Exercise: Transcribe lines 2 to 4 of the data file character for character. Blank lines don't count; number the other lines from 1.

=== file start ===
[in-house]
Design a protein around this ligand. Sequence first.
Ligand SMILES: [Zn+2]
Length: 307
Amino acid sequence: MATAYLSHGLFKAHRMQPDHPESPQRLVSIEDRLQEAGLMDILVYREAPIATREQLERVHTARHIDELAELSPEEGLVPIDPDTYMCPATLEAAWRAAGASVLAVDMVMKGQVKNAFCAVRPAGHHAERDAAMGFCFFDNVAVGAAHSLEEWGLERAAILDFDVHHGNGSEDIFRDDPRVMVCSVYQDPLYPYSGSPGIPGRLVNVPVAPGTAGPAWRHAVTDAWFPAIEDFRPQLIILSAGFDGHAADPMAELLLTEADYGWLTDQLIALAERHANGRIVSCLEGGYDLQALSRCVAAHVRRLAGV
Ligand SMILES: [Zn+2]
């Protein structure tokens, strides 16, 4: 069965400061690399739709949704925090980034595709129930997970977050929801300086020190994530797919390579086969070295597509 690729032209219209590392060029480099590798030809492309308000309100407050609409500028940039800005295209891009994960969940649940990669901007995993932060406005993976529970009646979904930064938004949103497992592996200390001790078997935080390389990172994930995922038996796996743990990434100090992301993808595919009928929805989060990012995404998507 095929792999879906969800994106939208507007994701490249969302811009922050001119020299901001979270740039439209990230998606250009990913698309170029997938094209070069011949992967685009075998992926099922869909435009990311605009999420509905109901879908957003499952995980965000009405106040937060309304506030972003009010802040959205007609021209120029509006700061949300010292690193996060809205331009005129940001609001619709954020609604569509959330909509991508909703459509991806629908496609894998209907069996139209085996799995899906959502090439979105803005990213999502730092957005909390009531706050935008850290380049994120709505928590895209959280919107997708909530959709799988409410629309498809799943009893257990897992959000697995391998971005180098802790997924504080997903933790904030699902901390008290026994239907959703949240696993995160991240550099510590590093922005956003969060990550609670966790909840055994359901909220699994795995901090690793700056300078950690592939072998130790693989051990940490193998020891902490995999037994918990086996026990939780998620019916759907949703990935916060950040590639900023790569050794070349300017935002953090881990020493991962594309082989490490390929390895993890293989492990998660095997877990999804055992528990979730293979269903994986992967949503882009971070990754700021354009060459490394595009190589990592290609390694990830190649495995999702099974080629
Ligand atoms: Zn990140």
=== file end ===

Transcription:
Design a protein around this ligand. Sequence first.
Ligand SMILES: [Zn+2]
Length: 307